Fixed on the driven shaft 78 of the transmission is a pulley 79. Supported above the transmissions, substantially in horizontal alignment with the feeding trays 61 on bracket-like supports 80, are transverse shafts 81. Fixed on each shaft 81 is a pulley 82 which is actuated by a belt 83 operating over the pulley 79. Slidably supported in a bearing 84 carried by each bracket-like support 80 is a tappet 85, having a foot 86 engageable with a cam 88 on the shaft 81. Located in coaxial alignment with the tappet, and in spaced relation therewith, is a rod 89 having connection with the tray 61. Each tray is normally retained in a forward position together with its rod 89 by a coil spring 90, sleeved on the rod and having one end bearing against the bracket 80 and its opposite end against a collar 91 fixed to the rod, Fig. 2. Fixed to the facing ends of each rod 89 and tappet 85 are inclined heads 92 and 93, and projectable between the heads is a control wedge 94, the control wedge being suspendingly supported by a link 95 connected with the scale beam, as later described. It is obvious that when the wedge is positioned to fill the space between the heads, full movement of the tappets is imparted to the feeding trays through the rods 89 to effect maximum movement thereof in one direction for return by the springs 90, but as the wedge is withdrawn to leave space between the wedge and the respective heads, the stroke of the feeding tray is reduced proportionate to the spacing since part of the movement of the tappets is ineffective until the heads of the tappets have moved sufficiently to take up the spaces. Thus by mov10 ing the control wedges any predetermined feed of material may be maintained from the respective throats of the hoppers, the primary or rough adjustment being made by the valves 70 and the fine adjustment through the control wedges. Carried by the longitudinal members 4 and 5 are spaced pairs of scale beam hangers 96 and 97 forming the fulcrums 98 and 99 for pairs of scale beams 100 and 101 extending toward each other and having their adjacent ends intercon0 nected by links 102, as shown in Fig. 2. One of the scale beams of each rear pair projects rearwardly along the sides of the hopper throats and carries a balancing poise 103 that is slidably mounted thereon to effect balance of the scales, 5 as later described. Suspendingly supported from the respective scale beams, in spaced relation with the fulcrum points 98 and 99, are hangers 104 and 105 suspending feed belt frames 106 by means of pairs of links 107 and 108. Journalled o in the frames 106, at the ends thereof, are shafts 109 and 110. Carried on the respective shafts are pairs of sprockets 111 and 112 over which chains 113 and 114 of feeder belts 115 operate.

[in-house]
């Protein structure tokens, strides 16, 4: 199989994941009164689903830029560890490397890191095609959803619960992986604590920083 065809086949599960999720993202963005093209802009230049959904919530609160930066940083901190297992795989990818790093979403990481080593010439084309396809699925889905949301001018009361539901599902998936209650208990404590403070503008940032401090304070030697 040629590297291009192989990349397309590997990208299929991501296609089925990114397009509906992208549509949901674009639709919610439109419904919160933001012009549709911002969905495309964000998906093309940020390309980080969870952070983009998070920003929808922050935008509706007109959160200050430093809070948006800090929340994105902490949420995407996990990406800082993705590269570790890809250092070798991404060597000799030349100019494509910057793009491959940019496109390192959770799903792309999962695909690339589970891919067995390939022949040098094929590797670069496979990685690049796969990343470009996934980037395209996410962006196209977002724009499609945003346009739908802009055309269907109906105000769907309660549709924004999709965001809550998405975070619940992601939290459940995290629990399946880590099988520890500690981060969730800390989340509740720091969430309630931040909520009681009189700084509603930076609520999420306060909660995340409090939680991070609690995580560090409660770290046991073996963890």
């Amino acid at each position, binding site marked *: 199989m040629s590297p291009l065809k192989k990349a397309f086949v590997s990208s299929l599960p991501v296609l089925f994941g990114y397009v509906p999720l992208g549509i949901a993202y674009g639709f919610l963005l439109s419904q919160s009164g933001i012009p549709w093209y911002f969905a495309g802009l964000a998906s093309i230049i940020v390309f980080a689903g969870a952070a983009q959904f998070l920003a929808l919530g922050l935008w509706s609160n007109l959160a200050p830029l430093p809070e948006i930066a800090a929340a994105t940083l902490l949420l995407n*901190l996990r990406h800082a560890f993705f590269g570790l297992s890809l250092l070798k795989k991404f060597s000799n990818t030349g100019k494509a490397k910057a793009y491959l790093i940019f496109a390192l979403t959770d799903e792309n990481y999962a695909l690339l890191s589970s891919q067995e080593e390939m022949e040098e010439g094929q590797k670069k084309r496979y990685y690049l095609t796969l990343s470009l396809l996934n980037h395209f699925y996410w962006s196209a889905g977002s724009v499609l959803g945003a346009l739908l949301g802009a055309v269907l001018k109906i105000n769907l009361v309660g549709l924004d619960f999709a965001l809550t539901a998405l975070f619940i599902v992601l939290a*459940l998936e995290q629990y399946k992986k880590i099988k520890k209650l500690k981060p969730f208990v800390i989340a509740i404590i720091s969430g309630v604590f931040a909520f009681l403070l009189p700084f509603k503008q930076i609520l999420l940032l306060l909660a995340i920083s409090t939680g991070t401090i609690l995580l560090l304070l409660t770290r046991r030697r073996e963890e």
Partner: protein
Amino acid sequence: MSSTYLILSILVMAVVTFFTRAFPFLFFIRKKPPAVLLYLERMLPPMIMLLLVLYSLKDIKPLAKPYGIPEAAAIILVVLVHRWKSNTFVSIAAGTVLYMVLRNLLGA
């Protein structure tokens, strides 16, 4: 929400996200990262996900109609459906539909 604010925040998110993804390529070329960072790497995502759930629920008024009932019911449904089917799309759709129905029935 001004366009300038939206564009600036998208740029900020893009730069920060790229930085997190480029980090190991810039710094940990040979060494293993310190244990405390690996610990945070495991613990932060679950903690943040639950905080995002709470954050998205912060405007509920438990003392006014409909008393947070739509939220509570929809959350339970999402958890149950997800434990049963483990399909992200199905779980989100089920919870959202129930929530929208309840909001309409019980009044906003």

Fixed to each shaft 109, at one end thereof, is 5 a worm gear 116 meshing with the worm 117 which is connected with a driven shaft 118 of the transmission 76 through a flexible shaft 119 so that the feed belts are driven at predetermined speeds through the transmissions to carry 0 the materials discharged from the hoppers therealong for discharge off the ends of the belts into the collecting hopper 21. By setting the poises 103 on the scale beams, the scales may be made to balance, and by moving the poises from feed balancing position the scales will again effect a balance when the weights of the material thereon correspond with the position of the poises on the scale beams. Thus as long as the correct amount of material is carried upon the belts, the scales will balance and maintain a constantly flowing stream of material at a constant feeding rate in accordance with the weight thereof.

However, should the weight of the material on any one of the belts change, the scale for that belt is thrown out of balance to cause raising or lowering of the control wedge and increase or decrease the feeding rate of the tray to correct delivery of the material and maintain the feed in accordance with the weight of the material.

In order to record the weight of the material being fed and any change that may -occur in the flow of material from a specified weight as set by the poises, each poise is connected with a recorder 120 of the chart type, the stylus 121 being operably connected with the poise through a flexible connection 122 so that should the poise be moved in either direction a corresponding change is indicated on the chart 123 of the recorder by means of a stylus 121, as shown at 1'24 in Fig. 7.

The recorder is actuated by a time mechanism (not shown) so that the time of making the weight change is shown on the chart, for example the chart shown in Fig. 7 indicates that a change in gravimetric feed of the material was effected at 2 o'clock and that the same rate of s'0 feed was maintained after the change up to 4 o'clock.

The footage rate of movement of the conveyor is also recorded by means of a recorder 125 having connection with a driven element 126 on the transmission and operatively connected with the stylus 127 of the recorder by a connecting mechanism 128, the chart 129 being specifically illustrated in Fig. 6.